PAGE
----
Tuesday, February 13, 2007

The UI of programming languages

I've started to run unit tests and functional tests in Ruby on Rails. This is a milestone. I haven't done much of this in the past - as this is usually a "core developer task", but I have found with Ruby, that many of the tasks that traditionally have been devided by Front-end and Core dev has become much blurrier. And, I found out I like writing test cases.

I am a pretty traditional front-end developer - HTML, Javascript, Scripting languages (JSP, ASP, PHP, XSLT), and CSS. Throw in Ajax and DHTML if you want to cut up the Javascript area further. But now, with Ruby on Rails - the ability to do the controller logic, model development, and TestCase development has opened it up so I can contribute at a much deeper level. I still don't get into the trickier SQL or performance issues, but it's clear to me that with Ruby on Rails, and specifically the improvement to the Application Developers User Interface that is writing code - it is easier to understand the process and to develop the application in a shorter period of time - that I am able to accomplish more where before I would have had to work with a core developer. I assume this is also true for the core-developer. With all the built in "helper" functions in RoR, it's very easy to make a web page look great and use all the latest Web 2.0 gadgets.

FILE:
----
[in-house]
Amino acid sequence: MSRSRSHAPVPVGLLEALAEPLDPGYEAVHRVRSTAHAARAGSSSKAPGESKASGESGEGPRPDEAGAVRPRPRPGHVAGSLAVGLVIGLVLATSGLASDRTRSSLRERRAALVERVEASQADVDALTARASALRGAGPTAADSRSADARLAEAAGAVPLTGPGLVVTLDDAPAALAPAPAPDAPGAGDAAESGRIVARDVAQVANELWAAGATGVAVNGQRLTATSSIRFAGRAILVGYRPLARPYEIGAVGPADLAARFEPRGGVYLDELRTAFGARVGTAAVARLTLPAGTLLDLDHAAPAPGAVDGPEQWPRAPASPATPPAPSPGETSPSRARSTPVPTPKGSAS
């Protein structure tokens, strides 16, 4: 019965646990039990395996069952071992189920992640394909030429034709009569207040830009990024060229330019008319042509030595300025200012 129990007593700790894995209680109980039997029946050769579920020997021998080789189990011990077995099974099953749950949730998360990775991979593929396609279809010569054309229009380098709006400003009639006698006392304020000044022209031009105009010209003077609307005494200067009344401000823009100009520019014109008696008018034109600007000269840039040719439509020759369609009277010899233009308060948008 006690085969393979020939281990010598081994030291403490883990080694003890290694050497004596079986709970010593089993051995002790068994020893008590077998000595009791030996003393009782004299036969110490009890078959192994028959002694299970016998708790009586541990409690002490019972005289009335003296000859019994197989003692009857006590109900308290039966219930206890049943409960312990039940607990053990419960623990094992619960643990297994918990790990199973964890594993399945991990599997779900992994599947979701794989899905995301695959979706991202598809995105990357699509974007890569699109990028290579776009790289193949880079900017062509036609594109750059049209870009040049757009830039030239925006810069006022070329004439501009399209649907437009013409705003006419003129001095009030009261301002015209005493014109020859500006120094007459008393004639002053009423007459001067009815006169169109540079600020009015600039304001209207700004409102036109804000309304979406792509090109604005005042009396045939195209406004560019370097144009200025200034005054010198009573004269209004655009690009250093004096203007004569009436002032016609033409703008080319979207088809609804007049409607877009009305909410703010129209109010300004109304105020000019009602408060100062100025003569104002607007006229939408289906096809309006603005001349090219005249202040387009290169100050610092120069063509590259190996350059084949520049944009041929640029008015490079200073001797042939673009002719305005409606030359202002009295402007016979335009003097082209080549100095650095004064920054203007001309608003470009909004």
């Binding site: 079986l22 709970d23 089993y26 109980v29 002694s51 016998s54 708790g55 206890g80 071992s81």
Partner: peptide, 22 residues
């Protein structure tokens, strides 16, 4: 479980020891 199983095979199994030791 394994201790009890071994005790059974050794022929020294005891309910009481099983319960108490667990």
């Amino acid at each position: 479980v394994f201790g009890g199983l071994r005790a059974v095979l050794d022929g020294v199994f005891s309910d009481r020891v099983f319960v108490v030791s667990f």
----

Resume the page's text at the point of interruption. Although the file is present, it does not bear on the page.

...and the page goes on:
This is pretty interesting. Donald Norman's book "Things that make us smart" included examples of everyday tools that make you feel smart or powerful - like the calendar or road map.

The Ruby on Rails development environment has a similar effect. You just feel like you can do more, cover more ground, in a shorter period of time. I suspect this is similar to the feeling early Java developers got in 1995-1996 when Java started to be used for large-scale web applications.

I expect we'll go through another leap in usability in the future - maybe 10-12 years from now - one that will allow more people that want to, to create a web application. Putting this power in the hands of the artists and authors, skipping the developers, seems like the ultimate goal.

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